Surfrider Foundation’s Kauai Chapter Leads Influential Protest
Activists across Kauai had reason to celebrate this past weekend after Hawaii Superferry officials announced late Friday evening that they had cancelled plans to resume service to the island.
Long opposed by environmental and community activists throughout Hawaii’s outer islands, the Hawaii Superferry ran into particularly strong opposition when it attempted to dock in Kauai’s Nawiliwili Harbor last month, where it was met by approximately one thousand local protesters.
By far, the greatest concern voiced from the crowd was the Superferry’s decision to initiate service despite having failed to submit a court-ordered Environmental Impact Statement (EIS). Activists contend that the Hawaii Superferry, whose twin hull design is capable of reaching speeds as high as 35 miles per hour, poses a risk to marine life. According to the United States Fish and Wildlife Service, Hawaiian waters are replete with several species of federally designated endangered or threatened marine animals, including the Hawaiian monk seal, humpback whale and three species of sea turtle.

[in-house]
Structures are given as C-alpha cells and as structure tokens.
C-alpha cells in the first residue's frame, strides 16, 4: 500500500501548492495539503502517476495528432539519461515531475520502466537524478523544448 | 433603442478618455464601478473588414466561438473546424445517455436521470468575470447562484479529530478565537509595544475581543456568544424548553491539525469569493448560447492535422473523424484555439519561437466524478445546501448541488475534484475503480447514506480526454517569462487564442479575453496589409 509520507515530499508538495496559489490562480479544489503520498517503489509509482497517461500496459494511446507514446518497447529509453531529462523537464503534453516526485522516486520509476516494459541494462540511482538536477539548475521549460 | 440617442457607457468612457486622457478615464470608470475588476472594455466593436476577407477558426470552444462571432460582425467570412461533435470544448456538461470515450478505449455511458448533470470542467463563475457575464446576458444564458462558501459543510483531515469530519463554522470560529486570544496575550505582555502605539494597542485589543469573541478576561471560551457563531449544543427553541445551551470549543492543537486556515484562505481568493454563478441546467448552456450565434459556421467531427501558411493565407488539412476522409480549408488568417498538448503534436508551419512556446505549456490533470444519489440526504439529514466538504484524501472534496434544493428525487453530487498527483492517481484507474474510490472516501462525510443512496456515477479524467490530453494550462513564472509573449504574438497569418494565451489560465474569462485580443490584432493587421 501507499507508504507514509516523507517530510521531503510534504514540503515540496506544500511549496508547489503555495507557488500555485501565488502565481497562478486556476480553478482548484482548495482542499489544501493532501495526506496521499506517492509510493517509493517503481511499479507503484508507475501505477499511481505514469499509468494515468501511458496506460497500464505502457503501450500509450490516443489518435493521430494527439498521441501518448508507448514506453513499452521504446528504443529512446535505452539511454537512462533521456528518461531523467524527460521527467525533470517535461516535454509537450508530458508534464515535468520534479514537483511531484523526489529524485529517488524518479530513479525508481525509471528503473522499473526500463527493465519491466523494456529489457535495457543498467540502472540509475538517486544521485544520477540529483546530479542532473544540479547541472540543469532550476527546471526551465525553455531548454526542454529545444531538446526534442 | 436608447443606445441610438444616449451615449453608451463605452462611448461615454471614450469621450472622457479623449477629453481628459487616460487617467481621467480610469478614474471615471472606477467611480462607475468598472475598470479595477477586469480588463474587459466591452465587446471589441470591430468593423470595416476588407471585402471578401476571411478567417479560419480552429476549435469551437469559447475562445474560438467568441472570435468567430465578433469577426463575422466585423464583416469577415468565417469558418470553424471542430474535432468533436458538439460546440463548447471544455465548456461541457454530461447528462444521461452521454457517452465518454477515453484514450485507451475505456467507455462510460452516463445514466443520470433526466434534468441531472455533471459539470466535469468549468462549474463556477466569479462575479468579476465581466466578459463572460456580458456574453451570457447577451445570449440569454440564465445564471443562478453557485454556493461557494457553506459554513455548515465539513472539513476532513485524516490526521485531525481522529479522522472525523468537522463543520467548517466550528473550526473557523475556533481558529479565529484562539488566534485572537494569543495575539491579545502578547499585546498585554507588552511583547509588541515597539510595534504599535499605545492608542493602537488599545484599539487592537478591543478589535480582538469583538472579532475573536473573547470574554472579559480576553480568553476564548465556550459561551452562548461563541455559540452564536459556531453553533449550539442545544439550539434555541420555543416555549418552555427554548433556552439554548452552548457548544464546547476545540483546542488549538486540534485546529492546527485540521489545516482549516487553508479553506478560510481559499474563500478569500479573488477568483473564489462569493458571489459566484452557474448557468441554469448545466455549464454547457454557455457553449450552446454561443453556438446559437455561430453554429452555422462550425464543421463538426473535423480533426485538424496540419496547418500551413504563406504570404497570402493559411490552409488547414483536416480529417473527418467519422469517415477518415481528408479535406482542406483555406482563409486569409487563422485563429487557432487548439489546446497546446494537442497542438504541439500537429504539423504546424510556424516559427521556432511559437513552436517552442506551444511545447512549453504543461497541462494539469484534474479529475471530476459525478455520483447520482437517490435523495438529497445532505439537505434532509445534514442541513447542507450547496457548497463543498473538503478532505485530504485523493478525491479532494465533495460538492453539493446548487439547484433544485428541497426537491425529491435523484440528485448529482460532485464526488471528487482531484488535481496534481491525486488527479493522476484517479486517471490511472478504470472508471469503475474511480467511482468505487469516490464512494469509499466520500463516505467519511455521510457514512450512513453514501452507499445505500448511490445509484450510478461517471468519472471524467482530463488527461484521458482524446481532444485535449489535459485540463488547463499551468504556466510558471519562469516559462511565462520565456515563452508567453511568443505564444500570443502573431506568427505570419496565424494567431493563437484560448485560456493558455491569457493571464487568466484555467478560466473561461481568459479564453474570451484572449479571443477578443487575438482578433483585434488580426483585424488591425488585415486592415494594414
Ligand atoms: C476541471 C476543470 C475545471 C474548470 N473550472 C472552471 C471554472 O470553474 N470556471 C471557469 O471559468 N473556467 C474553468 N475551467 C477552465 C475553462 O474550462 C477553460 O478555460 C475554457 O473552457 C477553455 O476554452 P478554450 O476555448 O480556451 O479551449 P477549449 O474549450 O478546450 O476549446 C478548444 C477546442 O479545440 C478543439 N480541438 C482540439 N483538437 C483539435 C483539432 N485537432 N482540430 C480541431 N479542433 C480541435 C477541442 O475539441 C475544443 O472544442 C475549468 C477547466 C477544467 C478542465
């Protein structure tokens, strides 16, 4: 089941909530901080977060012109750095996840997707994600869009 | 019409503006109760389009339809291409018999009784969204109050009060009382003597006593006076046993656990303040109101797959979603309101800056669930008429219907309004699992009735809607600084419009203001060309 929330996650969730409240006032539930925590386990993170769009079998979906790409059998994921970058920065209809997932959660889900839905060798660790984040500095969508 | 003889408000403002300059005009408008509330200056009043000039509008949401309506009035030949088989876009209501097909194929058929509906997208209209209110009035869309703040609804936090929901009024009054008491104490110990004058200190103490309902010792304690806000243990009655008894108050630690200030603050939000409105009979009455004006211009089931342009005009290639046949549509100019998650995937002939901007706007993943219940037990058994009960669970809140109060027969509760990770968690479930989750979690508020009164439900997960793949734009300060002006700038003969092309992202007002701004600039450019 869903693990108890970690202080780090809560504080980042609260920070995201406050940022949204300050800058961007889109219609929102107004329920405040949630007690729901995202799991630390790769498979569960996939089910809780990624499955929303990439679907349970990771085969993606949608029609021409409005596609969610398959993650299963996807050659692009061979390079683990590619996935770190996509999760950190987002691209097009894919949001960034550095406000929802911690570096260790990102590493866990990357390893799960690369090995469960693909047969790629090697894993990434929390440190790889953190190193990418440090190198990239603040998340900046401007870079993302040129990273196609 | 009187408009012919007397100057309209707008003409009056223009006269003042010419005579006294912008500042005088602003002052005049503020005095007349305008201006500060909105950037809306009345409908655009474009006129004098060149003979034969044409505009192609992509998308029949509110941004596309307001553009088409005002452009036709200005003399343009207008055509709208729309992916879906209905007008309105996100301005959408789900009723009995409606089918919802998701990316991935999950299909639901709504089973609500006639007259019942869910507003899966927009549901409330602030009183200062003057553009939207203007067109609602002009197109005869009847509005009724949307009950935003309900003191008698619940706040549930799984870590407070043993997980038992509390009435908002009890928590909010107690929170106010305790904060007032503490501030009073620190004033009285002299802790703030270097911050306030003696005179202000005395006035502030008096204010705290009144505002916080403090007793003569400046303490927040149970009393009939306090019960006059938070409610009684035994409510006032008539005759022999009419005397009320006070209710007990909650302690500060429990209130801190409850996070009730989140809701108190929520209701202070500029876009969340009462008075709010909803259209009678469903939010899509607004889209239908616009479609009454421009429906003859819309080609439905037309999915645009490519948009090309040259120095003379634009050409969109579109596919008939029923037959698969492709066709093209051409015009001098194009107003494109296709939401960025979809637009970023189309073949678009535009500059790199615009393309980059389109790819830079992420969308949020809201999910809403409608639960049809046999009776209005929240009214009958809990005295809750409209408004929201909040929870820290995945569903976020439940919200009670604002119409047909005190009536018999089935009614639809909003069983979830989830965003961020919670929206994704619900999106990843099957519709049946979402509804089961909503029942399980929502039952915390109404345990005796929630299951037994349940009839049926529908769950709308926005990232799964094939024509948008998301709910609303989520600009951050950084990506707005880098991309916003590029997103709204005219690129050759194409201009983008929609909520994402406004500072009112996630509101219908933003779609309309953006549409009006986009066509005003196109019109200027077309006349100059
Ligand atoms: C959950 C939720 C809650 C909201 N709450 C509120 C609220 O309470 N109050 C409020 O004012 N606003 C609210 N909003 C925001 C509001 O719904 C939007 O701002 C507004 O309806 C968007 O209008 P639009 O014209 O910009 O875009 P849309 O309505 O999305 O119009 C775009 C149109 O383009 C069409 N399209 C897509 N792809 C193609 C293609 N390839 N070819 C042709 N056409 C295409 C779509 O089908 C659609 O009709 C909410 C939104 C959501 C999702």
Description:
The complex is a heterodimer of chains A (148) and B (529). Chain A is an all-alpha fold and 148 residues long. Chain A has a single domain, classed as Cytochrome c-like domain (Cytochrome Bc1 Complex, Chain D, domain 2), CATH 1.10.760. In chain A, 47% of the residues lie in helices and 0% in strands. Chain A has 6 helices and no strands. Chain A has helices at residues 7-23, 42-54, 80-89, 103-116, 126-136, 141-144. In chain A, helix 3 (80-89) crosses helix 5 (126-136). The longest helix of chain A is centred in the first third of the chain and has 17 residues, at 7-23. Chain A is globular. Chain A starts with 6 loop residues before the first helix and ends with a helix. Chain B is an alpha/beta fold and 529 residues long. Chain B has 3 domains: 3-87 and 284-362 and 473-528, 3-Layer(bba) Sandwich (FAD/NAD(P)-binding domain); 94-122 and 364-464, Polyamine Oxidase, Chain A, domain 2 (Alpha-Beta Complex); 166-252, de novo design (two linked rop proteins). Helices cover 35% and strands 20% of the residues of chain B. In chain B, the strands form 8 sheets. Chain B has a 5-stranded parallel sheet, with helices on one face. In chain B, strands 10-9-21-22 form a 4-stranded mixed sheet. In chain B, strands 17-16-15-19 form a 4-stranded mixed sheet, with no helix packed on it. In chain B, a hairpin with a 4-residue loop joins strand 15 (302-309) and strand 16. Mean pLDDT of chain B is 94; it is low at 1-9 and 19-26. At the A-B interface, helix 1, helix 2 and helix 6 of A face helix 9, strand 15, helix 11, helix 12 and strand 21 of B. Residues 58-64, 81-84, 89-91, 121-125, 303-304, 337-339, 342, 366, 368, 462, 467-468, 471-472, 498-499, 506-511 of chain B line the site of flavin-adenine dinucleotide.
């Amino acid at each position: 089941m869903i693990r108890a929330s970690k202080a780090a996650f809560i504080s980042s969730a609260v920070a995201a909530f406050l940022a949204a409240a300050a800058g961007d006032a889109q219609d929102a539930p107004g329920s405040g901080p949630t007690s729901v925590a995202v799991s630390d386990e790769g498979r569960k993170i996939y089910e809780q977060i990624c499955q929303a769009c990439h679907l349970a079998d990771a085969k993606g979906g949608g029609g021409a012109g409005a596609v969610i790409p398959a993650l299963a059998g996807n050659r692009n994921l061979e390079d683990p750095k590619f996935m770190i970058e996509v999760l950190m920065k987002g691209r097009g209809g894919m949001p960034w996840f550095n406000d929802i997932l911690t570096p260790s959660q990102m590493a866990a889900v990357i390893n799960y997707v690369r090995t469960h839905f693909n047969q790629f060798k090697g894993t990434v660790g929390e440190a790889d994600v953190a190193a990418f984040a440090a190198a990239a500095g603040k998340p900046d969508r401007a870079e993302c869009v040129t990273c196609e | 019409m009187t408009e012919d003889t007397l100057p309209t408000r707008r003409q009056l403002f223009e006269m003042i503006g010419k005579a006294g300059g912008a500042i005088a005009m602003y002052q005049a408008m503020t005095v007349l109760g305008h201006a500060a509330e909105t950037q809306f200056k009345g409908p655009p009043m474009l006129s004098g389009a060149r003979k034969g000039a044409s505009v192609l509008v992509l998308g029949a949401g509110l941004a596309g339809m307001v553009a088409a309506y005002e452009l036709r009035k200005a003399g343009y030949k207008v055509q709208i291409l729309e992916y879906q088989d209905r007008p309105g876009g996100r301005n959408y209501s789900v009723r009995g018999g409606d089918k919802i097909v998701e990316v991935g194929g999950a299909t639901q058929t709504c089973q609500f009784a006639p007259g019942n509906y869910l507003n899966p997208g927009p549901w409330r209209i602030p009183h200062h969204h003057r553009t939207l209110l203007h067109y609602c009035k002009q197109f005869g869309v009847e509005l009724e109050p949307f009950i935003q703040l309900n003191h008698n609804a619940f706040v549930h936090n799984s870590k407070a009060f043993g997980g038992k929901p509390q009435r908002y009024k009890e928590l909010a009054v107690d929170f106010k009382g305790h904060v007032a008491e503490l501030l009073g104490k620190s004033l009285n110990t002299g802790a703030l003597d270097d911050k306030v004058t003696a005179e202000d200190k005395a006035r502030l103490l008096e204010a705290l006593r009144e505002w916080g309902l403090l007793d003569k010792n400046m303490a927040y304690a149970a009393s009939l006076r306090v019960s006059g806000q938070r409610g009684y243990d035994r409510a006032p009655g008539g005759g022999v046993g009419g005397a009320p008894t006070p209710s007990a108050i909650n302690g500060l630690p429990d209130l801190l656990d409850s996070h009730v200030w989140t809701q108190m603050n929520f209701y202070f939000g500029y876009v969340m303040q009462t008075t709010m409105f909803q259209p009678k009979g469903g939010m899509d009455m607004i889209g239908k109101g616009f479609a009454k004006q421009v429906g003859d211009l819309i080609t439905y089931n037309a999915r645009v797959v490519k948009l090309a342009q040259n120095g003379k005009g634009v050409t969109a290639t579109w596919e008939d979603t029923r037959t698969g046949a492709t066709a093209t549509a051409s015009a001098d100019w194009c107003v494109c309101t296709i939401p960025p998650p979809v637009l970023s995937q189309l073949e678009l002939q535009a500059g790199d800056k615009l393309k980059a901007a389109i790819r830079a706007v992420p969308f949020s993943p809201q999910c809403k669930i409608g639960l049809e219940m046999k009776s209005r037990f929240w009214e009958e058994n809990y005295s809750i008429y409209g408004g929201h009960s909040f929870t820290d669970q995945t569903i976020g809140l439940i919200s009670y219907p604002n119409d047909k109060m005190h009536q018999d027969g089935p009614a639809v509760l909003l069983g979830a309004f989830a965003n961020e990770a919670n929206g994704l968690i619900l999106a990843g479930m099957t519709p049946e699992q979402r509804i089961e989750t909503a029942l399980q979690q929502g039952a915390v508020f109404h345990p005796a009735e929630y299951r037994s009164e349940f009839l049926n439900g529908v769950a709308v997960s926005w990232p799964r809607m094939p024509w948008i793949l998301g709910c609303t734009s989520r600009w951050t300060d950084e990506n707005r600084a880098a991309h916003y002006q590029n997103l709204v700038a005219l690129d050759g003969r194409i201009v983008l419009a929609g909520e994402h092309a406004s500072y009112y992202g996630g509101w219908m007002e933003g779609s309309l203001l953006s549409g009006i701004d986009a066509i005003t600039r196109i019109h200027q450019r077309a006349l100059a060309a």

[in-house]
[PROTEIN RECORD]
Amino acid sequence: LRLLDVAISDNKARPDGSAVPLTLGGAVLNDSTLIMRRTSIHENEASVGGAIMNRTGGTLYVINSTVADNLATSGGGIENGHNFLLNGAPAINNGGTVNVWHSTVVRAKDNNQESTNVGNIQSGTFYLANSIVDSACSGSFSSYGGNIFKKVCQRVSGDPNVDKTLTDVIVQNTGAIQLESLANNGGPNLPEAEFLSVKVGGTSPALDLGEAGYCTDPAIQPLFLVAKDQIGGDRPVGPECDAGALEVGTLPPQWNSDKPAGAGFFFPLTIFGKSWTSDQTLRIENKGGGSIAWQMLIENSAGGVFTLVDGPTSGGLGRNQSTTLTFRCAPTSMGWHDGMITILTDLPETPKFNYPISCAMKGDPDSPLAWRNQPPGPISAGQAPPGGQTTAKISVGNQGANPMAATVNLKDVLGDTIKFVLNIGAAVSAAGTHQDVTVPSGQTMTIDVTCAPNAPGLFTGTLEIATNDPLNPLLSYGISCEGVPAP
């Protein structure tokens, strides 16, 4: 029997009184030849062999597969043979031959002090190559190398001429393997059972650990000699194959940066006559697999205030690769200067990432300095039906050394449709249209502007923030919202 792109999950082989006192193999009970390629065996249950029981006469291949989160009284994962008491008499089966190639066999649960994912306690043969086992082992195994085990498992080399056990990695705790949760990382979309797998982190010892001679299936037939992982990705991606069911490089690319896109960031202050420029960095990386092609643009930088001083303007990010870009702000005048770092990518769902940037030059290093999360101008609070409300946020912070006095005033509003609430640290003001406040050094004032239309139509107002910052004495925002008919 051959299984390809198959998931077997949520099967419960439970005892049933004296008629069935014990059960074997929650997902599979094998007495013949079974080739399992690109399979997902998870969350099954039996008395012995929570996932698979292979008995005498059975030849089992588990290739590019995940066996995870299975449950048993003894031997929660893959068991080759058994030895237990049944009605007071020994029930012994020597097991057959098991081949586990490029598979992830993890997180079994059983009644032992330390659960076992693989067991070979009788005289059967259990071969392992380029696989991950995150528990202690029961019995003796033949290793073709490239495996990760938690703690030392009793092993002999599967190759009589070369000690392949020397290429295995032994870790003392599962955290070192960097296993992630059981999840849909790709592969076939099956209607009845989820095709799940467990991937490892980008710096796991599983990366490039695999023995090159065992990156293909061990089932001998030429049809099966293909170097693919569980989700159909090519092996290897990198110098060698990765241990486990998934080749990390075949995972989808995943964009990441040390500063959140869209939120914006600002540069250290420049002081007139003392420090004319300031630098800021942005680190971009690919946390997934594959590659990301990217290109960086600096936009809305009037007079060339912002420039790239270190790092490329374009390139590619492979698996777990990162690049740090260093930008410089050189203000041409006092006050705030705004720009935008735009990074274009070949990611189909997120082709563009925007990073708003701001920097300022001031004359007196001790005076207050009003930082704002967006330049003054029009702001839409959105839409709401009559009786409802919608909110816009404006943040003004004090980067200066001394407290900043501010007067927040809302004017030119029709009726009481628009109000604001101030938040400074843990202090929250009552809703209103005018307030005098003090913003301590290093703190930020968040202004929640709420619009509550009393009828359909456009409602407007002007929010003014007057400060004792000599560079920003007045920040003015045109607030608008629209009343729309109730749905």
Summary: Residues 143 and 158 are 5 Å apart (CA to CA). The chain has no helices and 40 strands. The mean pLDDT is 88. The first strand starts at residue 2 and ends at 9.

The protest made national headlines when Kauai resident and longtime Surfrider Foundation activist Steve Valiere led 300 activists out into harbor water and managed to block the Superferry from docking for over three hours before he was apprehended and arrested by U.S. Coast Guard officials.
Despite a pledge by Governor Linda Lingle to support the Hawaii Superferry, company officials decided to cancel service to Kauai for the safety of the community, passengers and employees.
Inspired by this victory, Surfrider Foundation activists across Hawaii are vowing to keep the pressure on until Hawaii Superferry officials complete the required EIS.
The Surfrider Foundation is a non-profit grassroots organization dedicated to the protection and enjoyment of our world’s oceans, waves and beaches. Founded in 1984 by a handful of visionary surfers in Malibu, California, the Surfrider Foundation now maintains over 50,000 members and 80 chapters worldwide. For more information on the Surfrider Foundation, go to www.surfrider.org.